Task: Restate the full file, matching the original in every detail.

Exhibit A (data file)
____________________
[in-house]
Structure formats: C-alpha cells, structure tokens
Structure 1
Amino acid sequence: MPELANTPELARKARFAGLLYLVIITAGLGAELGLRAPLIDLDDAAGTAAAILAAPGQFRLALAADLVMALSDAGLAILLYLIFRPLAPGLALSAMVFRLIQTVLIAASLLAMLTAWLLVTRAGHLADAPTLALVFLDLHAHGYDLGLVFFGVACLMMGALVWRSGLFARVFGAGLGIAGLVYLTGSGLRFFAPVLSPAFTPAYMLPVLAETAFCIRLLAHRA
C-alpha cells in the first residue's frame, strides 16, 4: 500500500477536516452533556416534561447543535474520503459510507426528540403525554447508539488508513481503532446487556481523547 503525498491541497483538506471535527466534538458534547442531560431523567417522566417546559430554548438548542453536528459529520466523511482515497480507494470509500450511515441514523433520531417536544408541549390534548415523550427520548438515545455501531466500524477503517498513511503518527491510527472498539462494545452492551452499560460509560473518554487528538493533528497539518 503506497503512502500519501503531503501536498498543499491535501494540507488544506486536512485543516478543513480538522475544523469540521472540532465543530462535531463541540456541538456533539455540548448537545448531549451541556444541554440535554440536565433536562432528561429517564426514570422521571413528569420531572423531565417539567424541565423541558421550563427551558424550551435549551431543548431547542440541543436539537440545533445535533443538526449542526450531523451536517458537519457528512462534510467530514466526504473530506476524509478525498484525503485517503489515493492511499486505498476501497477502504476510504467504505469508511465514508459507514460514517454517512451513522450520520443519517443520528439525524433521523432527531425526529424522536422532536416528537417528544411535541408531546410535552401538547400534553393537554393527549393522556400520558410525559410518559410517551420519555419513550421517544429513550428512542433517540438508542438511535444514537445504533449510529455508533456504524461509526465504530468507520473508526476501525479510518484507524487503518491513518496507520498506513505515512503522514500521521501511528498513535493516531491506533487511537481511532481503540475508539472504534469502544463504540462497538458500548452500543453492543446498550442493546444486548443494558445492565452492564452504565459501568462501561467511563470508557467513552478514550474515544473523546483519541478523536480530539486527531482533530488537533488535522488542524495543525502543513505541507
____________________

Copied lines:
[in-house]
Structure formats: C-alpha cells, structure tokens
Structure 1
Amino acid sequence: MPELANTPELARKARFAGLLYLVIITAGLGAELGLRAPLIDLDDAAGTAAAILAAPGQFRLALAADLVMALSDAGLAILLYLIFRPLAPGLALSAMVFRLIQTVLIAASLLAMLTAWLLVTRAGHLADAPTLALVFLDLHAHGYDLGLVFFGVACLMMGALVWRSGLFARVFGAGLGIAGLVYLTGSGLRFFAPVLSPAFTPAYMLPVLAETAFCIRLLAHRA
C-alpha cells in the first residue's frame, strides 16, 4: 500500500477536516452533556416534561447543535474520503459510507426528540403525554447508539488508513481503532446487556481523547 503525498491541497483538506471535527466534538458534547442531560431523567417522566417546559430554548438548542453536528459529520466523511482515497480507494470509500450511515441514523433520531417536544408541549390534548415523550427520548438515545455501531466500524477503517498513511503518527491510527472498539462494545452492551452499560460509560473518554487528538493533528497539518 503506497503512502500519501503531503501536498498543499491535501494540507488544506486536512485543516478543513480538522475544523469540521472540532465543530462535531463541540456541538456533539455540548448537545448531549451541556444541554440535554440536565433536562432528561429517564426514570422521571413528569420531572423531565417539567424541565423541558421550563427551558424550551435549551431543548431547542440541543436539537440545533445535533443538526449542526450531523451536517458537519457528512462534510467530514466526504473530506476524509478525498484525503485517503489515493492511499486505498476501497477502504476510504467504505469508511465514508459507514460514517454517512451513522450520520443519517443520528439525524433521523432527531425526529424522536422532536416528537417528544411535541408531546410535552401538547400534553393537554393527549393522556400520558410525559410518559410517551420519555419513550421517544429513550428512542433517540438508542438511535444514537445504533449510529455508533456504524461509526465504530468507520473508526476501525479510518484507524487503518491513518496507520498506513505515512503522514500521521501511528498513535493516531491506533487511537481511532481503540475508539472504534469502544463504540462497538458500548452500543453492543446498550442493546444486548443494558445492565452492564452504565459501568462501561467511563470508557467513552478514550474515544473523546483519541478523536480530539486527531482533530488537533488535522488542524495543525502543513505541507